Here’s my dilemma: If someone did something similar comparing fresh, young starlets to cuts of beef (or any other food item) I would be appalled. All my feminist hairs would stand on end, inflamed with righteous indignation at this objectification of women, this reduction of women to only their bodies. It’s because of such responses that a magazine such as Slate would never publish that article. Why is it okay, then, to reduce these men to meat and not do the same for their female counterparts?
One response is that such an objectification of men subverts a patriarchal paradigm, putting men into a “feminized” position and claiming the traditionally male power of “the gaze” for (straight) women (and gay men). It’s okay because men still enjoy more power and privilege so cannot be problematically hurt by their alignment with beef.
One might counter, however, that such a reduction of any human being to solely their physical self is a problem. And we can see that it’s problem given the rising instances of male anorexia and other signs of body obsession in young men. No human should be viewed so reductively.
When the ABC sitcom Happy Endings first premiered last year, many critics compared it to Friends. Both comedies feature six friends–three guys and three girls–in their mid-to-late twenties who live in a major urban city (Chicago and New York). Both pilot episodes feature a runaway bride whose actions shake up the group dynamic and set the show in motion.
But beyond these superficial similarities, Happy Endings is funnier, smarter, and far more complex. Its often absurd plots center around competitions to determine who’d be the final survivor in a zombie apocalypse and solemn interventions to break a friend of his debilitating addiction to V-necks.
Happy Endings also differs from Friends in its diversity. It’s a show that recognizes the reality that people of various racial backgrounds and sexual orientations might well find themselves living in a major city and hanging out together.
Happy Endings acknowledges difference without falling into the trap of making a minority racial background or sexual orientation a character’s sole defining trait. Brad (Damon Wayons Jr.) is black and Max (Adam Pally) is gay. These identities are a part of their characters, and the show’s dialogue and plots frequently explore what it’s like for Brad and Max to be black and gay, respectively, within their group of friends and in the broader world. But the show also makes them well-developed characters who are many things in addition to these identities. Brad is a delightfully enthusiastic investment banker with a penchant for men’s fashion, romantic comedies, and making out with his wife Jane (Eliza Coupe). Max is a sarcastic and cynical layabout who spent all of last week’s episode transforming into a bear, in a kind of extreme advertisement for the dangers of seasonal affective disorder. (He hibernates in a pile of blankets and gets his head stuck in a honey jar. It Could Happen to You, winter-friends.)
Happy Endings seems interested in creating characters who go beyond defying stereotypes and enter the realm of the anti-stereotype. For example, Penny (Casey Wilson) calls Max “a straight dude who likes dudes” because his messy, gruff, video game- and sandwich-loving personality goes against her idea of what gay men are (or should be) like. He’s so far from the stereotype that his personality actually seems oppositional to it. A first-season episode highlights this point. When Penny tells Max he’s “the worst gay husband ever” because he’d rather watch football than go shopping and brunching, Max finds her a gay best friend who’s more in line with her conceit. Derek is a fun-loving, official Sassy Gay Friend, right down to calling Penny “a stupid clumsy bitch.” (He gets introduced to Penny in this scene at the 30-second mark.) Read the rest of this entry »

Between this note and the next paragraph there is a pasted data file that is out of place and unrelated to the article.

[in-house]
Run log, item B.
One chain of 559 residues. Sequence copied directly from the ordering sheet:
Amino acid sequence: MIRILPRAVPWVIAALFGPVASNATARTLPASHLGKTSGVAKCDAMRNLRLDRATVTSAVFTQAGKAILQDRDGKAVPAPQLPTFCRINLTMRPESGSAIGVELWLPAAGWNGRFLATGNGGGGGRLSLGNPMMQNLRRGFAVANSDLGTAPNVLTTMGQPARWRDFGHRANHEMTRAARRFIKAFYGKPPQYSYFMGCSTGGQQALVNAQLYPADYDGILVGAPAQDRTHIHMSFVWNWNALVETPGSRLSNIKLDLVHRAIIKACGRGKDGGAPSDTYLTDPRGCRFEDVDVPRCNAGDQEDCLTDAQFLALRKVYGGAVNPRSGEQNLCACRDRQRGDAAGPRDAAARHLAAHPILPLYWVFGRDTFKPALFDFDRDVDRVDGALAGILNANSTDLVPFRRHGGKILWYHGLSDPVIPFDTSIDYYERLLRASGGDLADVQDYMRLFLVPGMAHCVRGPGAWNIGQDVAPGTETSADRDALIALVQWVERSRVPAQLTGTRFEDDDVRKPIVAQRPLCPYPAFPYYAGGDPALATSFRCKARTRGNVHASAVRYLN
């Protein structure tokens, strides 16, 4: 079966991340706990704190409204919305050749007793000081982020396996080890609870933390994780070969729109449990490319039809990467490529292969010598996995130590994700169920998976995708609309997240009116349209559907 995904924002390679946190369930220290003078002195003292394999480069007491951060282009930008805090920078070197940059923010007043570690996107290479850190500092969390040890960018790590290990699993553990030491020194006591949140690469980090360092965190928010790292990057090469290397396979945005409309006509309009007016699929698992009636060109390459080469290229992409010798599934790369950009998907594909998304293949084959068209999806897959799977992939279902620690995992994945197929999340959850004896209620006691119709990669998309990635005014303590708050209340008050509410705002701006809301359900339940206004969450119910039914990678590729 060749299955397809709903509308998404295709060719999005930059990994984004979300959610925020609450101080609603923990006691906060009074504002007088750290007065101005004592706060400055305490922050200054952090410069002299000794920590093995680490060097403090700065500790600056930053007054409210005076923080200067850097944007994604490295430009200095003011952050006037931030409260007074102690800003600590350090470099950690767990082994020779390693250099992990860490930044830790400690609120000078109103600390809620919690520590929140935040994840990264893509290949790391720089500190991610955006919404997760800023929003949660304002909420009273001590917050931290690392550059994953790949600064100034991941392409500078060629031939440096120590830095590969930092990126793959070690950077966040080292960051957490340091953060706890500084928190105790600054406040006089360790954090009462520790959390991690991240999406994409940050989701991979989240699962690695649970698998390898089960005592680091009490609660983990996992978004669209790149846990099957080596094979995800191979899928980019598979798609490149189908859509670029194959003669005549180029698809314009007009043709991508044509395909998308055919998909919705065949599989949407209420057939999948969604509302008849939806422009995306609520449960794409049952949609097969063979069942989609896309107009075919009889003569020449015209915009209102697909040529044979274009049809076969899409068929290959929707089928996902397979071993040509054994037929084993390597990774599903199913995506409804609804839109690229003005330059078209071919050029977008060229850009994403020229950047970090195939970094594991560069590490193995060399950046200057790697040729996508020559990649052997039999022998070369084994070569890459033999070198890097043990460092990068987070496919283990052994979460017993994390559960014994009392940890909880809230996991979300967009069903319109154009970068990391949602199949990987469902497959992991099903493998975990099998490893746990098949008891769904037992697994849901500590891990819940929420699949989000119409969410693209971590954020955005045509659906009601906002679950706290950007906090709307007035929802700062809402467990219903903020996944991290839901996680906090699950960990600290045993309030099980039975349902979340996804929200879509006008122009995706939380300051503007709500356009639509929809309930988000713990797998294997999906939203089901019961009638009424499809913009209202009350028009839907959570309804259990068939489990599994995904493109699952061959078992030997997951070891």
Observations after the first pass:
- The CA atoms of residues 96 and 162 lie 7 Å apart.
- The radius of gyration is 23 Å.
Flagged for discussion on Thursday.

Where did Ryan Gosling come from? I mean, I know he was a Mouseketeer and that he turned a couple heads in The United States of Leland and The Notebook. Even still, he seemed to come out of nowhere with Half Nelson, having undergone a foggy transformation from burgeoning boy-wonder to serious thespian. He has since been cultivating a persona built upon a precious (pretentious?) commitment to avant-garde idealism, a dryly humorous willingness to mock Hollywood, and an outrageous-yet-dapper personal style. Also, abs. His counterparts are James Franco and the late Heath Ledger. Yet while Franco’s antics seem more and more annoying (and Ledger’s death more and more tragic) Gosling’s star continues to rise and rise and rise. So, again, where did Ryan Gosling come from? Wherefore lies his particular allure?
Gosling has been slowly perfecting a unique filmic masculinity that hearkens back to Clint Eastwood and John Wayne while feeling entirely fresh and new at the same time. His characters are usually reticent, incapable of or unwilling to be expressive, to share their inner souls. He specializes in blank, enigmatic looks that make you want to swoon-scream: “What are you thinking?” Even his extraordinarily verbose husband in Blue Valentine seemed to speak only because he desperately wanted to know what his wife was feeling and yet equally desperately could not hear what she said. He seems untouchable, un-get-at-able. He’s the opposite of the tortured, emo, vampire boys, the Louises and Edwards and Bills and Stefans, with their obsession with endlessly reporting their tortured, eternal angst. Yet like them he also seems out of time, specializing in films that look set in an earlier time but aren’t (Half Nelson, Lars and the Real Girl, Blue Valentine, Drive). Gosling’s filmic masculinity hits its apex in Drive, with a character so mysterious he does not even have a name; he’s only know as Driver. Read the rest of this entry »